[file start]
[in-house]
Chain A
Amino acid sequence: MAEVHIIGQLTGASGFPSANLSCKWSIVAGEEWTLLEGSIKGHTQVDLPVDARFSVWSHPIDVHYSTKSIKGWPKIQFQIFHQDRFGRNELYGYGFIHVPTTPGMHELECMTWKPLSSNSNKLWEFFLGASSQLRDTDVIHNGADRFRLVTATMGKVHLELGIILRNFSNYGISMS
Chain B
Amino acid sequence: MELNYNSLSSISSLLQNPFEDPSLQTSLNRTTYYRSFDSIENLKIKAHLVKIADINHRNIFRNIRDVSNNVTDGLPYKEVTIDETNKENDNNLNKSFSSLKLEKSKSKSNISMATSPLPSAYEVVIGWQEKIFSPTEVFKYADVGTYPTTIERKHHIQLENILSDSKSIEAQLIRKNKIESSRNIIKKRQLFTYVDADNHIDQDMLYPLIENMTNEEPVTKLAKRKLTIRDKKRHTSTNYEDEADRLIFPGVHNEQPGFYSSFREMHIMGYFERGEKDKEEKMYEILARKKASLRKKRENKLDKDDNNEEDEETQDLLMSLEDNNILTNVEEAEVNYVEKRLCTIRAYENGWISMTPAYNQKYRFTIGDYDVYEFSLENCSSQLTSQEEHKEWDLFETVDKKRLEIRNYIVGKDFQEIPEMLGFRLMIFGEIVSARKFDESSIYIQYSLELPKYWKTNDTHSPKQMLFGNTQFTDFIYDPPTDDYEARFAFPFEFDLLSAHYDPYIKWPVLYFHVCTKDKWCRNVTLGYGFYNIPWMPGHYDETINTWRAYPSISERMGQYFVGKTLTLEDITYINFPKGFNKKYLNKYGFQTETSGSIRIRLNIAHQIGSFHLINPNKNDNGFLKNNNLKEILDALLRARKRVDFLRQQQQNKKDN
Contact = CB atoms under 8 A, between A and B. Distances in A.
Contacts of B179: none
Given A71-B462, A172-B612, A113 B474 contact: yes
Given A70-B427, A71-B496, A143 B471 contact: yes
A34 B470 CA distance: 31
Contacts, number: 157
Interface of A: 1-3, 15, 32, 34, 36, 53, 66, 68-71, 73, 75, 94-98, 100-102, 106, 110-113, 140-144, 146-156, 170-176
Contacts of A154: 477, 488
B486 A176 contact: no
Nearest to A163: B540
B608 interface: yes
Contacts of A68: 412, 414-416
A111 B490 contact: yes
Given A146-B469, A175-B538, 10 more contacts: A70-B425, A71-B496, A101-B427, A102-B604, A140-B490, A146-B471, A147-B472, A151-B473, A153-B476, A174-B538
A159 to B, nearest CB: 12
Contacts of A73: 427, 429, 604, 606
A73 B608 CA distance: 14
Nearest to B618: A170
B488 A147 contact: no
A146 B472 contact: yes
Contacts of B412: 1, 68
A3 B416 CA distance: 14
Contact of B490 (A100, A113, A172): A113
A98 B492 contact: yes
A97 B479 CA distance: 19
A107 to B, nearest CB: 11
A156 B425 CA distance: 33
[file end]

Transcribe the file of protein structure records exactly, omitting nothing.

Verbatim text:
[in-house]
Chain A
Amino acid sequence: MAEVHIIGQLTGASGFPSANLSCKWSIVAGEEWTLLEGSIKGHTQVDLPVDARFSVWSHPIDVHYSTKSIKGWPKIQFQIFHQDRFGRNELYGYGFIHVPTTPGMHELECMTWKPLSSNSNKLWEFFLGASSQLRDTDVIHNGADRFRLVTATMGKVHLELGIILRNFSNYGISMS
Chain B
Amino acid sequence: MELNYNSLSSISSLLQNPFEDPSLQTSLNRTTYYRSFDSIENLKIKAHLVKIADINHRNIFRNIRDVSNNVTDGLPYKEVTIDETNKENDNNLNKSFSSLKLEKSKSKSNISMATSPLPSAYEVVIGWQEKIFSPTEVFKYADVGTYPTTIERKHHIQLENILSDSKSIEAQLIRKNKIESSRNIIKKRQLFTYVDADNHIDQDMLYPLIENMTNEEPVTKLAKRKLTIRDKKRHTSTNYEDEADRLIFPGVHNEQPGFYSSFREMHIMGYFERGEKDKEEKMYEILARKKASLRKKRENKLDKDDNNEEDEETQDLLMSLEDNNILTNVEEAEVNYVEKRLCTIRAYENGWISMTPAYNQKYRFTIGDYDVYEFSLENCSSQLTSQEEHKEWDLFETVDKKRLEIRNYIVGKDFQEIPEMLGFRLMIFGEIVSARKFDESSIYIQYSLELPKYWKTNDTHSPKQMLFGNTQFTDFIYDPPTDDYEARFAFPFEFDLLSAHYDPYIKWPVLYFHVCTKDKWCRNVTLGYGFYNIPWMPGHYDETINTWRAYPSISERMGQYFVGKTLTLEDITYINFPKGFNKKYLNKYGFQTETSGSIRIRLNIAHQIGSFHLINPNKNDNGFLKNNNLKEILDALLRARKRVDFLRQQQQNKKDN
Contact = CB atoms under 8 A, between A and B. Distances in A.
Contacts of B179: none
Given A71-B462, A172-B612, A113 B474 contact: yes
Given A70-B427, A71-B496, A143 B471 contact: yes
A34 B470 CA distance: 31
Contacts, number: 157
Interface of A: 1-3, 15, 32, 34, 36, 53, 66, 68-71, 73, 75, 94-98, 100-102, 106, 110-113, 140-144, 146-156, 170-176
Contacts of A154: 477, 488
B486 A176 contact: no
Nearest to A163: B540
B608 interface: yes
Contacts of A68: 412, 414-416
A111 B490 contact: yes
Given A146-B469, A175-B538, 10 more contacts: A70-B425, A71-B496, A101-B427, A102-B604, A140-B490, A146-B471, A147-B472, A151-B473, A153-B476, A174-B538
A159 to B, nearest CB: 12
Contacts of A73: 427, 429, 604, 606
A73 B608 CA distance: 14
Nearest to B618: A170
B488 A147 contact: no
A146 B472 contact: yes
Contacts of B412: 1, 68
A3 B416 CA distance: 14
Contact of B490 (A100, A113, A172): A113
A98 B492 contact: yes
A97 B479 CA distance: 19
A107 to B, nearest CB: 11
A156 B425 CA distance: 33